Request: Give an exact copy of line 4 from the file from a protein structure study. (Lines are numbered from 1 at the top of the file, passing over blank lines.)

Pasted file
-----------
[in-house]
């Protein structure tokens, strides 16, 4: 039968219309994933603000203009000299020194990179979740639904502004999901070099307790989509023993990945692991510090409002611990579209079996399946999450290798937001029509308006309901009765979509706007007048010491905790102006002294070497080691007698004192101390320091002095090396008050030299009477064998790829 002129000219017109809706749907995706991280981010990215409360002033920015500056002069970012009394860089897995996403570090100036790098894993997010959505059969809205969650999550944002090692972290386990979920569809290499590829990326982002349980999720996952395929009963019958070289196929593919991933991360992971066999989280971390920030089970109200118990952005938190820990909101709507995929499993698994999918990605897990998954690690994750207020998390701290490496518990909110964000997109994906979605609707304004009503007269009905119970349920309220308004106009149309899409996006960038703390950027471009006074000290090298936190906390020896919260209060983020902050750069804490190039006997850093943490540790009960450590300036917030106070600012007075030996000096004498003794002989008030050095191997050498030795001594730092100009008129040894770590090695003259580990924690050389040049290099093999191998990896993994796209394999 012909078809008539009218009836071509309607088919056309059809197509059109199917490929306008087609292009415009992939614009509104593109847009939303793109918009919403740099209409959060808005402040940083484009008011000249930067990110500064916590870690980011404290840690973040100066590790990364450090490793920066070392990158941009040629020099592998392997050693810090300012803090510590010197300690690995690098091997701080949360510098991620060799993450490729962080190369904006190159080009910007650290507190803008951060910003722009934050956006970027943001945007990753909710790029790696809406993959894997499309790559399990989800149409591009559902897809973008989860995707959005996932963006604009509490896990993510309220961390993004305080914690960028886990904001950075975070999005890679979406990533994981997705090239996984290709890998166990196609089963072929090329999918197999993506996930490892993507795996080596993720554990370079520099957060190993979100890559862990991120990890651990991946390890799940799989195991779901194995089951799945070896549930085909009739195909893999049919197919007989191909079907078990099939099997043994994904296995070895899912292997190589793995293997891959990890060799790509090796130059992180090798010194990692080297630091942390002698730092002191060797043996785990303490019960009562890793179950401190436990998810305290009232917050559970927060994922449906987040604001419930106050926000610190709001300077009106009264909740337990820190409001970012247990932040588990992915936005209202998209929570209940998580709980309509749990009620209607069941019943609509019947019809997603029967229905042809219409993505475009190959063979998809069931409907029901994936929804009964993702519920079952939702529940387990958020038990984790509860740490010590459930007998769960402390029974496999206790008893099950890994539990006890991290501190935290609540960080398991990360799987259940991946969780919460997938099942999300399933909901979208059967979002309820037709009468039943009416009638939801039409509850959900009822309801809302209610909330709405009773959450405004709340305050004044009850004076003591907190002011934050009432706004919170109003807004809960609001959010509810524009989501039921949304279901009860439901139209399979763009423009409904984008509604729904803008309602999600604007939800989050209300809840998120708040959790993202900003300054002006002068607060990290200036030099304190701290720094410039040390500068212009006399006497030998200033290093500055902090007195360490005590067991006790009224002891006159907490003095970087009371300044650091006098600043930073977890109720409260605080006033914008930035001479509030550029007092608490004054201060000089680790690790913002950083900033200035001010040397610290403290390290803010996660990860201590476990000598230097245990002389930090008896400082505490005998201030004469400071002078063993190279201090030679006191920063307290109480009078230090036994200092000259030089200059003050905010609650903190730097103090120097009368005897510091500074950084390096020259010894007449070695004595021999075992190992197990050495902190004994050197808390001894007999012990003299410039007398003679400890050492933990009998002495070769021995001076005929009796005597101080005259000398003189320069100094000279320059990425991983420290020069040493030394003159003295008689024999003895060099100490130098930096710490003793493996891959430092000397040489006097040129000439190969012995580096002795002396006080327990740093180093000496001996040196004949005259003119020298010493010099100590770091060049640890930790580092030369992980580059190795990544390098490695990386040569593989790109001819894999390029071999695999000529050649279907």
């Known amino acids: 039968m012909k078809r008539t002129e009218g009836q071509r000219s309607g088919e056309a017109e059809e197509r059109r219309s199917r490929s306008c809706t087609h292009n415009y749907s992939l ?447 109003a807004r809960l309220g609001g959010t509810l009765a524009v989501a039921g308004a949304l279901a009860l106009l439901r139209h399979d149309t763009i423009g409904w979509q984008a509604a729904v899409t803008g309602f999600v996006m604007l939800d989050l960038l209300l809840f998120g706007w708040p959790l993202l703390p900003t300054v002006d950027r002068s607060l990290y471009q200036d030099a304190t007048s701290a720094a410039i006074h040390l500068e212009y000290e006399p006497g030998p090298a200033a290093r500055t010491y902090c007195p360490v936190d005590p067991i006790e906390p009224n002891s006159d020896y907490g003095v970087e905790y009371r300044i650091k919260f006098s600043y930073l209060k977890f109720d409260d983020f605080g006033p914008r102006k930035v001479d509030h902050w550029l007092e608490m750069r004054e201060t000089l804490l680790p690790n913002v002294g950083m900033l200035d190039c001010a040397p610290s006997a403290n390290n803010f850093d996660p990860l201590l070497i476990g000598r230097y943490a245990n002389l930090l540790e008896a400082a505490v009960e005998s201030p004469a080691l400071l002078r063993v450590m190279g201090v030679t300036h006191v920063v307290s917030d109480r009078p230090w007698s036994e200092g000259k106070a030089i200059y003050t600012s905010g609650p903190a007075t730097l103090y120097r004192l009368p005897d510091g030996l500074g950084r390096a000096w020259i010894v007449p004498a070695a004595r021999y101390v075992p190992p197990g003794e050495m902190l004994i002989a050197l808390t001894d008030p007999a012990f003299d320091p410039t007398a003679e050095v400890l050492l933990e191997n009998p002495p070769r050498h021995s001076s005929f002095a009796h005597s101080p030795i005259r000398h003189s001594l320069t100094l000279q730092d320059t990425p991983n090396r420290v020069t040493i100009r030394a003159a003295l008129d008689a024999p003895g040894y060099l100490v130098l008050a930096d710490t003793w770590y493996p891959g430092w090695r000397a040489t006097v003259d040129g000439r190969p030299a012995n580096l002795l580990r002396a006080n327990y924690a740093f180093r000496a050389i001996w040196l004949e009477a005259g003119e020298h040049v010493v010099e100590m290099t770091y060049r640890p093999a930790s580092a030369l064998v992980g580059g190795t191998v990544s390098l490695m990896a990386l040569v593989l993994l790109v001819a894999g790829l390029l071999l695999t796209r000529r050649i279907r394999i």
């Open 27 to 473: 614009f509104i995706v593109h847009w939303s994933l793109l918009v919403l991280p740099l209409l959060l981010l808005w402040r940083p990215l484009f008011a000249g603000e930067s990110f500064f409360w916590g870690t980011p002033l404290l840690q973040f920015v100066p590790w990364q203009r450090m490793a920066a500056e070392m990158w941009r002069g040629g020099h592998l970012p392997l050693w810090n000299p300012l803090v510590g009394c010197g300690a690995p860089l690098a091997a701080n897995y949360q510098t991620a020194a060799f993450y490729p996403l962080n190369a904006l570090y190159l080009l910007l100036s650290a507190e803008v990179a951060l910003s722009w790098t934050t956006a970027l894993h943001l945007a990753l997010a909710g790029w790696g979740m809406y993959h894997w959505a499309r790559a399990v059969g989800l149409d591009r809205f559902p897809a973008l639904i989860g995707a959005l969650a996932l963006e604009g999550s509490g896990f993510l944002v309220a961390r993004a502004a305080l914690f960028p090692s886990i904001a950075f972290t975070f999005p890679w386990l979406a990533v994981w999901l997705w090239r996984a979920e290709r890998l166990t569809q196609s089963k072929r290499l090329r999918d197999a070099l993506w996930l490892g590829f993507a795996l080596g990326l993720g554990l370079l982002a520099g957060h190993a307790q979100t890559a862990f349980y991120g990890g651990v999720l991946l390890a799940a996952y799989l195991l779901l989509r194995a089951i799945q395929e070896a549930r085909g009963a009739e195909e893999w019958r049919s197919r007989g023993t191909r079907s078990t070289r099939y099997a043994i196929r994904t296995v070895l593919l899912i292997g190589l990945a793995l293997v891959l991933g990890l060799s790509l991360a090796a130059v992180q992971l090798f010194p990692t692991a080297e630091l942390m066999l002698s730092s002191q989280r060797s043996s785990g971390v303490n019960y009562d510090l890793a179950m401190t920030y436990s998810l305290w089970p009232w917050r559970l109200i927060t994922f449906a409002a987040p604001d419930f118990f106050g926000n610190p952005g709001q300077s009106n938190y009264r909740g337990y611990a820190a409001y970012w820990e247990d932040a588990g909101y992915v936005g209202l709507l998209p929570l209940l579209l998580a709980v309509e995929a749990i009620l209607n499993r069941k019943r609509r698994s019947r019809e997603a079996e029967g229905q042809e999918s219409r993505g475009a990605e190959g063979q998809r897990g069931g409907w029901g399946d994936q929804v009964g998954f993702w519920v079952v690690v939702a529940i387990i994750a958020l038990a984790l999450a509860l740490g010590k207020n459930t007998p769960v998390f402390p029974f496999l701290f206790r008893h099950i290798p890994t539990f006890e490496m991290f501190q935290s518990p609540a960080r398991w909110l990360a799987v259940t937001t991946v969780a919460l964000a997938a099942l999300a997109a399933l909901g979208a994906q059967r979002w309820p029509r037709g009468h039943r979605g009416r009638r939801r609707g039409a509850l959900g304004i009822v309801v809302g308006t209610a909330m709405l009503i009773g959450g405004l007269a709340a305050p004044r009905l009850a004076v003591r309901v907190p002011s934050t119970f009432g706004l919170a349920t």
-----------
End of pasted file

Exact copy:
């Open 27 to 473: 614009f509104i995706v593109h847009w939303s994933l793109l918009v919403l991280p740099l209409l959060l981010l808005w402040r940083p990215l484009f008011a000249g603000e930067s990110f500064f409360w916590g870690t980011p002033l404290l840690q973040f920015v100066p590790w990364q203009r450090m490793a920066a500056e070392m990158w941009r002069g040629g020099h592998l970012p392997l050693w810090n000299p300012l803090v510590g009394c010197g300690a690995p860089l690098a091997a701080n897995y949360q510098t991620a020194a060799f993450y490729p996403l962080n190369a904006l570090y190159l080009l910007l100036s650290a507190e803008v990179a951060l910003s722009w790098t934050t956006a970027l894993h943001l945007a990753l997010a909710g790029w790696g979740m809406y993959h894997w959505a499309r790559a399990v059969g989800l149409d591009r809205f559902p897809a973008l639904i989860g995707a959005l969650a996932l963006e604009g999550s509490g896990f993510l944002v309220a961390r993004a502004a305080l914690f960028p090692s886990i904001a950075f972290t975070f999005p890679w386990l979406a990533v994981w999901l997705w090239r996984a979920e290709r890998l166990t569809q196609s089963k072929r290499l090329r999918d197999a070099l993506w996930l490892g590829f993507a795996l080596g990326l993720g554990l370079l982002a520099g957060h190993a307790q979100t890559a862990f349980y991120g990890g651990v999720l991946l390890a799940a996952y799989l195991l779901l989509r194995a089951i799945q395929e070896a549930r085909g009963a009739e195909e893999w019958r049919s197919r007989g023993t191909r079907s078990t070289r099939y099997a043994i196929r994904t296995v070895l593919l899912i292997g190589l990945a793995l293997v891959l991933g990890l060799s790509l991360a090796a130059v992180q992971l090798f010194p990692t692991a080297e630091l942390m066999l002698s730092s002191q989280r060797s043996s785990g971390v303490n019960y009562d510090l890793a179950m401190t920030y436990s998810l305290w089970p009232w917050r559970l109200i927060t994922f449906a409002a987040p604001d419930f118990f106050g926000n610190p952005g709001q300077s009106n938190y009264r909740g337990y611990a820190a409001y970012w820990e247990d932040a588990g909101y992915v936005g209202l709507l998209p929570l209940l579209l998580a709980v309509e995929a749990i009620l209607n499993r069941k019943r609509r698994s019947r019809e997603a079996e029967g229905q042809e999918s219409r993505g475009a990605e190959g063979q998809r897990g069931g409907w029901g399946d994936q929804v009964g998954f993702w519920v079952v690690v939702a529940i387990i994750a958020l038990a984790l999450a509860l740490g010590k207020n459930t007998p769960v998390f402390p029974f496999l701290f206790r008893h099950i290798p890994t539990f006890e490496m991290f501190q935290s518990p609540a960080r398991w909110l990360a799987v259940t937001t991946v969780a919460l964000a997938a099942l999300a997109a399933l909901g979208a994906q059967r979002w309820p029509r037709g009468h039943r979605g009416r009638r939801r609707g039409a509850l959900g304004i009822v309801v809302g308006t209610a909330m709405l009503i009773g959450g405004l007269a709340a305050p004044r009905l009850a004076v003591r309901v907190p002011s934050t119970f009432g706004l919170a349920t």